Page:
Temp. Effect on Velocity


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Ak Guy
March 18, 2008, 01:33 AM
As the air temp (and cartridge temp) increase, is it safe to assume that the velocity will increase? Are there any rules of thumb to guess by how much?
i.e. say I chrono a 9mm round at 1100fps at 20 deg F, what's it likely to be at 80 deg F ??

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Drail
March 18, 2008, 07:13 AM
Actually it can go either way depending on the powder type. I have seen IPSC shooters in Arizona stash their loads in a cooler until right before they shoot because the velocity will drop enough to cause them not make Major power factor. Most powders show a pressure rise when they get to freezing temps.

BsChoy
March 18, 2008, 02:20 PM
Drail, I have read just the opposite. Temp increase causes the pressure to increase. Cold should lose FPS.

Halo
March 18, 2008, 02:31 PM
Temperature and pressure are directly proportional. One of the gas laws as discovered by French chemist Joseph Louis Gay-Lussac reads as "The pressure of a fixed amount of gas at fixed volume is directly proportional to its temperature in kelvins." Chemical reactions also tend to occur with more vigor in higher ambient temperatures. There are some notable exceptions to that, but combustion of gunpowder isn't one of them.

I believe somewhere in my Speer Manual #13, it even mentions that some maximum power loads developed for winter may be overpressure if fired in warmer conditions. I'll have to search for the exact statement when I get home.

Shoney
March 18, 2008, 05:11 PM
Halo is absolutely correct. PV=nrT

However, extreem cold is another story. I have hunted at 30 to 45 below F. on many occasions. The cold is a factors on other compnents of the rifle other than the powder in the cartridge. My experience showed that loads worked up at 20 degrees F. were showing pressure signs while the performance of the bullets indicated the velocity was much slower.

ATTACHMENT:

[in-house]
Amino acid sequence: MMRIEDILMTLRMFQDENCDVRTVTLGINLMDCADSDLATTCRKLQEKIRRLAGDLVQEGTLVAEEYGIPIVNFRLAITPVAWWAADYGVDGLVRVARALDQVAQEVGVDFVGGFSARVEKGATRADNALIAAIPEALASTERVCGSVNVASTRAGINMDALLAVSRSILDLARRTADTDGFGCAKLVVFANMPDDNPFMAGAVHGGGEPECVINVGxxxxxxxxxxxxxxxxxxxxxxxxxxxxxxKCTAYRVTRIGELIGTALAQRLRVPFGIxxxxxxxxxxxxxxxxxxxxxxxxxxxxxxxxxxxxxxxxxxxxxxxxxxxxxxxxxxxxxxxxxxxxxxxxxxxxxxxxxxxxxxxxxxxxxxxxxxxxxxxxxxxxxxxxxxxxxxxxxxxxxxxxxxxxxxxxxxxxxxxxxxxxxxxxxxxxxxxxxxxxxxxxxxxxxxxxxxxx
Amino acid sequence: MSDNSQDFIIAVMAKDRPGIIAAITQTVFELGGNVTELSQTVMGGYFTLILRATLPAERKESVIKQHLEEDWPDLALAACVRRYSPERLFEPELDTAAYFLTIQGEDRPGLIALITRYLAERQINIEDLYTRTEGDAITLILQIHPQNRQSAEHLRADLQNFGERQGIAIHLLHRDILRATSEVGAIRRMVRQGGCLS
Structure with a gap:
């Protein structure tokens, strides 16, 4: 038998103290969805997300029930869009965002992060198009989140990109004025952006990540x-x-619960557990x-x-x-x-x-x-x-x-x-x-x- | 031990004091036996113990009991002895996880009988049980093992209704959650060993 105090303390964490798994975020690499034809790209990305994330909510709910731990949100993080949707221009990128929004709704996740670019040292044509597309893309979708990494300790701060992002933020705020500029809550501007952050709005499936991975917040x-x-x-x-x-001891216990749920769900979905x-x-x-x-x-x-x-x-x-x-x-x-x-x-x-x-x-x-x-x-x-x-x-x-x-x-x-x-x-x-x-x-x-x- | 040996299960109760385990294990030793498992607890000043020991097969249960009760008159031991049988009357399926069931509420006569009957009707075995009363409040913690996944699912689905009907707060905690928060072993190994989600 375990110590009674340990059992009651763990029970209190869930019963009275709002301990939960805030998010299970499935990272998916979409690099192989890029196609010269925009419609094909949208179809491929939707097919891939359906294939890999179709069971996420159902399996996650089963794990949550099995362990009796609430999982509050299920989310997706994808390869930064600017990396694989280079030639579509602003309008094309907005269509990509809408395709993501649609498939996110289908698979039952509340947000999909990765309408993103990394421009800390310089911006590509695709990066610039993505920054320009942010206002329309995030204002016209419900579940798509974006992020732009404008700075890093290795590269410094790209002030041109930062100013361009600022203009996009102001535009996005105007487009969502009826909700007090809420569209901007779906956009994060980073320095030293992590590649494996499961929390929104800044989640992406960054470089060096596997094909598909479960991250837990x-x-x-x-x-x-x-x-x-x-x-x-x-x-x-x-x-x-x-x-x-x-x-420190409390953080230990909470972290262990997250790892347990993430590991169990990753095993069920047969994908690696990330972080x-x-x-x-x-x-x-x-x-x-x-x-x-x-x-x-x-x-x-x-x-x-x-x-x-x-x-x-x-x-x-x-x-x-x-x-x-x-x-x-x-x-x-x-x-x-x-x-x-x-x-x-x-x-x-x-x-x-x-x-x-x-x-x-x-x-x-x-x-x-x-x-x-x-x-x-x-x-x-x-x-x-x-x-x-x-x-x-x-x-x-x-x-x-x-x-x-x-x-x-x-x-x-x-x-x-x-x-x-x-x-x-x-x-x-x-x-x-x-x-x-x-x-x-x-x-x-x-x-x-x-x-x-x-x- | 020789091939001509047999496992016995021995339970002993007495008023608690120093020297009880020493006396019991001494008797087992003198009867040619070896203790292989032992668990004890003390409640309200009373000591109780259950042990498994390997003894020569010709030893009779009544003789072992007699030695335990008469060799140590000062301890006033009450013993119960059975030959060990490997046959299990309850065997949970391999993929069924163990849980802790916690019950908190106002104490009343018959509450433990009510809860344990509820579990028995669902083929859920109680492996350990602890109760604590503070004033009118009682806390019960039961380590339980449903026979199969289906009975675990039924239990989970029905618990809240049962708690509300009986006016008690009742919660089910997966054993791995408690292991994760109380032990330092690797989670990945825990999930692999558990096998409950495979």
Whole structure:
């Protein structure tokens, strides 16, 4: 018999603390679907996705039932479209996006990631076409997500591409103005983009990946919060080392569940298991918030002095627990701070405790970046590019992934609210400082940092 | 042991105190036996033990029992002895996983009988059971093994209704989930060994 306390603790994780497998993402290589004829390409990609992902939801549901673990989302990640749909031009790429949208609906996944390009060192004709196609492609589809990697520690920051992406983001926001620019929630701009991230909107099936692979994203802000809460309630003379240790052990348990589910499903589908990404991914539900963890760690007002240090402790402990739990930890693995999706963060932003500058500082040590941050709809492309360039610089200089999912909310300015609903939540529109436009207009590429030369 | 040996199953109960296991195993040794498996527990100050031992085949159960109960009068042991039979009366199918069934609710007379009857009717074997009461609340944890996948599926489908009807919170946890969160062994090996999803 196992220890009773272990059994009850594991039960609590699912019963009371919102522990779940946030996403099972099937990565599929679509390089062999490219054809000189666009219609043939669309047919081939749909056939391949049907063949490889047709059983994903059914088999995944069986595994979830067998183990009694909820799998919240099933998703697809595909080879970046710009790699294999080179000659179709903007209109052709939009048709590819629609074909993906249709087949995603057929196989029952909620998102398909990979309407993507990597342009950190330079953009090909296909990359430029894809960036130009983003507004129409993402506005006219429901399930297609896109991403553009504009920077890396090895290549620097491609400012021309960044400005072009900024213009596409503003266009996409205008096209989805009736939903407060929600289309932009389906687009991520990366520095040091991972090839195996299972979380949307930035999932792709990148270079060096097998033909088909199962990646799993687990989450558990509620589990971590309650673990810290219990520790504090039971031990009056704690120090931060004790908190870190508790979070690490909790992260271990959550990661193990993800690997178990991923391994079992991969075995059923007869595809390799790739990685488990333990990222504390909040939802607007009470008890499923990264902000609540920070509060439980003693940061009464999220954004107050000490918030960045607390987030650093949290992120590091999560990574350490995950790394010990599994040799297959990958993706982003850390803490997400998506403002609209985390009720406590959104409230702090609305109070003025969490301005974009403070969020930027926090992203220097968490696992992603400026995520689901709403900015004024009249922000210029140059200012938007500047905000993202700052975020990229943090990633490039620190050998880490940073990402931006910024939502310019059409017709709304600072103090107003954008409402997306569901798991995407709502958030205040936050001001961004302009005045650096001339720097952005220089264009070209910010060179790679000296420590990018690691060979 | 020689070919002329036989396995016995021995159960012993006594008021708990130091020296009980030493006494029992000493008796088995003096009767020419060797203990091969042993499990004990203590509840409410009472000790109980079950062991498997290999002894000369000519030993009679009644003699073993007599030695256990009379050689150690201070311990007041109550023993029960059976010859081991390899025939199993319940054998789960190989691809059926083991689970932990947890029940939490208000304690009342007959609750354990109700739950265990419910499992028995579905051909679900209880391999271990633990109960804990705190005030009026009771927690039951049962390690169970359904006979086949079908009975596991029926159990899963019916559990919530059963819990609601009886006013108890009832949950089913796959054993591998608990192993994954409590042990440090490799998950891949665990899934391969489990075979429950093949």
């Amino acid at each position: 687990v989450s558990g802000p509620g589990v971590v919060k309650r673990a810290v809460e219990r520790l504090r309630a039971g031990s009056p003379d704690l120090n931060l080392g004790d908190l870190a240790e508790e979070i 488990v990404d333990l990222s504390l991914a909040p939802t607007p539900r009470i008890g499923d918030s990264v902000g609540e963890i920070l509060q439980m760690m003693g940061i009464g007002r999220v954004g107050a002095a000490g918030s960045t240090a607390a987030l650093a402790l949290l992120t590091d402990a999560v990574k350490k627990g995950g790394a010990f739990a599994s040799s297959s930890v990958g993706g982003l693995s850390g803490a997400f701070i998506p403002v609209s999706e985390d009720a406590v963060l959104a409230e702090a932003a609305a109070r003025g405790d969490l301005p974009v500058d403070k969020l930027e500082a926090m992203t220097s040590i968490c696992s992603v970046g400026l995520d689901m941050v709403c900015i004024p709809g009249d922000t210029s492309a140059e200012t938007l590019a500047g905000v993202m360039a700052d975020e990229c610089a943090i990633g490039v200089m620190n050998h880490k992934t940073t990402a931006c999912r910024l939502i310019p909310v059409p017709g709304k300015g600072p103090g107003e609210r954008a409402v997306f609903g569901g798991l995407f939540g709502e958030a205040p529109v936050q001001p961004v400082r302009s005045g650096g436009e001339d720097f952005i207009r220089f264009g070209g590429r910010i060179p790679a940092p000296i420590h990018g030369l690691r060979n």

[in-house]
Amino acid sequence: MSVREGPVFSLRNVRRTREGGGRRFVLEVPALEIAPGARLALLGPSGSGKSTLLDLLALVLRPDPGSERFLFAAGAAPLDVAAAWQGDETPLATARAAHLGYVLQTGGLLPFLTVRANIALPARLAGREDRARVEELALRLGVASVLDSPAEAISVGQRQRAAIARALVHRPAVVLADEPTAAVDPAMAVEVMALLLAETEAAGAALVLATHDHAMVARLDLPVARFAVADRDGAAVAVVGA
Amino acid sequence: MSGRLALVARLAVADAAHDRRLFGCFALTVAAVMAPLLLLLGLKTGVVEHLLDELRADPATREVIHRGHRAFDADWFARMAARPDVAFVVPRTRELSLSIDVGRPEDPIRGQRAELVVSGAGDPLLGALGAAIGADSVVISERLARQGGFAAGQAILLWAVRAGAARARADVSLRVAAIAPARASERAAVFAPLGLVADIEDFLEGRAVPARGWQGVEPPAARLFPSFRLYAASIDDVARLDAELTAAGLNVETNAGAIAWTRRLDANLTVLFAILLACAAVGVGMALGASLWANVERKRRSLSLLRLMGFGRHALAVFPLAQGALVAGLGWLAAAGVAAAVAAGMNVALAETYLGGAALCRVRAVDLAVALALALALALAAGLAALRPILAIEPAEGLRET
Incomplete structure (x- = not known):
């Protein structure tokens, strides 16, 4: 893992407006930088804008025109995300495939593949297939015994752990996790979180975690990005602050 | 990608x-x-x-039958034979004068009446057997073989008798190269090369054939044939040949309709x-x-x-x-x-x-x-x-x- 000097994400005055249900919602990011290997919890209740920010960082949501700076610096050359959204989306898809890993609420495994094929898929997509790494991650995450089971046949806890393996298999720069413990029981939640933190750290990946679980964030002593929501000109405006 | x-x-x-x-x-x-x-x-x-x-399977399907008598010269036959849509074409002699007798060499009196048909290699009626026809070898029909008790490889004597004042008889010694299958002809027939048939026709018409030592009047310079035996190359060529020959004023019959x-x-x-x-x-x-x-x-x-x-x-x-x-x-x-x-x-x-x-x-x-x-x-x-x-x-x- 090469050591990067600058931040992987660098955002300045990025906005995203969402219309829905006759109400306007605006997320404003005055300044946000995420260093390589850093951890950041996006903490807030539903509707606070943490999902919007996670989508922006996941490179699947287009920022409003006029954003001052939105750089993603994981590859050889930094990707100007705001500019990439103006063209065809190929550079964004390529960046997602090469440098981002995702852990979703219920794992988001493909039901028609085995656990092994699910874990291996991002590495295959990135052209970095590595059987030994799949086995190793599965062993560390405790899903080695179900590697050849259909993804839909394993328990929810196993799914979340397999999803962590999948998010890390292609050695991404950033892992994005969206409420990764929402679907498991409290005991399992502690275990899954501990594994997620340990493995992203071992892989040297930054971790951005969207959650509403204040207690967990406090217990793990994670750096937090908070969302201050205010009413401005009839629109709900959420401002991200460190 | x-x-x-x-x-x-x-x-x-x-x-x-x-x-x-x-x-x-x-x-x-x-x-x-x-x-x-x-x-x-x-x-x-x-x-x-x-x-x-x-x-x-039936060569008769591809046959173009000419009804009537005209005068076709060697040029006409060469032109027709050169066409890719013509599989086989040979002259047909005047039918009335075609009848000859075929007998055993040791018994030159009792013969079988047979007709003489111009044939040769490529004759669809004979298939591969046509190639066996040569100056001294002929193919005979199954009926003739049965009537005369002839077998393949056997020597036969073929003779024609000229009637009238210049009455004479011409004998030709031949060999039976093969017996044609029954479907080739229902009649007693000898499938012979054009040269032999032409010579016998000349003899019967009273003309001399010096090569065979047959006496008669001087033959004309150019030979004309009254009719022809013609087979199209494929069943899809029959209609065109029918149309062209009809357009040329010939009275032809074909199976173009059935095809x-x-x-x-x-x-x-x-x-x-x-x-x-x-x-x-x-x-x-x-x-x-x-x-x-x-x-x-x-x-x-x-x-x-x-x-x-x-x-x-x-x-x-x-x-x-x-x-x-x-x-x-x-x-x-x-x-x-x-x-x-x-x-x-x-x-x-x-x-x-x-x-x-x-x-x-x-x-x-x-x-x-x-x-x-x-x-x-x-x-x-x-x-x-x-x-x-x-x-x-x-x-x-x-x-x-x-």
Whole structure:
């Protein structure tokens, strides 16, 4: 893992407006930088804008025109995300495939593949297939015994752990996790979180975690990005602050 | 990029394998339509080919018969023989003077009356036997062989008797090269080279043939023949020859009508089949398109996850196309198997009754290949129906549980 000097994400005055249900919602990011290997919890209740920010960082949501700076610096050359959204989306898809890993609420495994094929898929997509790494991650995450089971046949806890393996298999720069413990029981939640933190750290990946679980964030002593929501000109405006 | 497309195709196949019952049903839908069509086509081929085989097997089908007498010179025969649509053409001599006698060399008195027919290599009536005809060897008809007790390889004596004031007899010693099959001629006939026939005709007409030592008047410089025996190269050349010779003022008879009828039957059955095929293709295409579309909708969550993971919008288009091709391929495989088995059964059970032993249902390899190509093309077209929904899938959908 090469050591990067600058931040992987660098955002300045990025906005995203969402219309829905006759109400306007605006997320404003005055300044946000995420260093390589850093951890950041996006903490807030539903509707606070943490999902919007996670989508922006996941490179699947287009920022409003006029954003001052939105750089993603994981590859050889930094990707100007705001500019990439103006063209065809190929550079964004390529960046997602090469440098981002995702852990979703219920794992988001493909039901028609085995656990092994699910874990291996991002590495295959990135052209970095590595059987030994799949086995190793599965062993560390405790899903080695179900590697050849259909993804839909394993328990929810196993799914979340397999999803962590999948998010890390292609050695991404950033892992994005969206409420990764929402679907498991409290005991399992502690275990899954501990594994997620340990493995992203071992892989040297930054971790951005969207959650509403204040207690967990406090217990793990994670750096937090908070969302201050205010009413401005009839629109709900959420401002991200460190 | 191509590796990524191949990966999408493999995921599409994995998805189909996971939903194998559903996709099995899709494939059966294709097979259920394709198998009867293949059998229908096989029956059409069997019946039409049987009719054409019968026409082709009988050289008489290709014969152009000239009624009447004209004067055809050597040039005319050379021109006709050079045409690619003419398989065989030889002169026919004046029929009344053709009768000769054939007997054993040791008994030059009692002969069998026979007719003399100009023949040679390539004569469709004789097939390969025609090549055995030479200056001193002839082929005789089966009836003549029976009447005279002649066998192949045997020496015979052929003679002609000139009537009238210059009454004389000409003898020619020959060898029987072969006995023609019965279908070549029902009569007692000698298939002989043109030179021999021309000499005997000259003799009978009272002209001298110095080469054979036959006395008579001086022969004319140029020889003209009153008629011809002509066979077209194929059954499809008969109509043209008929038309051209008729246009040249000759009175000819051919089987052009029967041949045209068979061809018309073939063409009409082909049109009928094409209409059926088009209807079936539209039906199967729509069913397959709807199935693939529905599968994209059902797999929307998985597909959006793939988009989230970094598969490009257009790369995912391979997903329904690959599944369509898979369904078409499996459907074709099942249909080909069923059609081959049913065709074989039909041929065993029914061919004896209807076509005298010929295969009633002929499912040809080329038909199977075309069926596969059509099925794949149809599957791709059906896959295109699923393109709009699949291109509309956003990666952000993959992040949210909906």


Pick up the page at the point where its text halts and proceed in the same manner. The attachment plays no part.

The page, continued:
All of the game I have shot at those subzero F. temps showed that the bullets were indicating much slower velocity, Exampes: 6MMRem 100gr Nosler Partitions and 100 gr Hornady SPBT, which normaly blow thru deer would not penetrate completely thru. 300WinMag 200gr Nosler Partitons would not completely penetrate an elk when under normal conditions they barely slowed down. Similar results with 270 and 30-06.

My scientificly based conclusions are that at extreemly cold temps metal shrinks a little bit (scientific fact). I also believe that the friction coeficients of copper and steel are slighly altered. The combination of reduced diameter bore and altered friction produced the high pressure by slowing the bullets markedly.

I have not noticed any variation at or around zero.

Ol` Joe
March 18, 2008, 07:19 PM
The figure I`ve seen is about 1.5 fps per deg F, in as I remember, a older Lyman manual.
I have found more variation in velocity going from ~60* F up in temp then in colder temps with 270/708 loads. I`ve never paid much attention to handgun cartridge speeds once I`ve decided on a load.

Ak Guy
March 19, 2008, 01:23 AM
Thanx for the resposes. It seems like the consensus is that the vel will increase w/ temp increase. Good. It seems like it should, given that chemical reactions tend to be more volatile as temps increase.
I'm going to be shooting a couple matches in Phoenix / Las Vegas soon, but will have to chrono here in Alaska, at 20-40 deg F. As long as vel goes up w/ temp I'm fine...... I just don't want to flunk the power factor test !!

moosehunt
March 21, 2008, 03:59 PM
There are different areas to consider regarding temperature. Temperature of the powder, temperature of the barrel for examples. Temperature of the barrel will have greater effects on preasure than will temperature of the powder, though both will effect preasure significantly, hence velocity. Keeping loads cool in warm temperatures will help in holding preasure down, but that barrel is going to be warmer, and that will have a greater effect on raising preasure. Temperature of the primer seems to have little significant effect, though technically, warmer temperature will effect the primer, just not significantly. Air temperature also will effect velocity. Warmer air is less dense, hence produces less resistance to the bullet, thus velocity will go up compared to colder air. Temperature will also effect ductility of the metals. Unless extremes are involved, it is not real significant, but in warmer temperatures, the steel of the reciever will will expand more upon firing, resulting in a larger cumbustion chamber, hence lower preasure, the opposite if colder.

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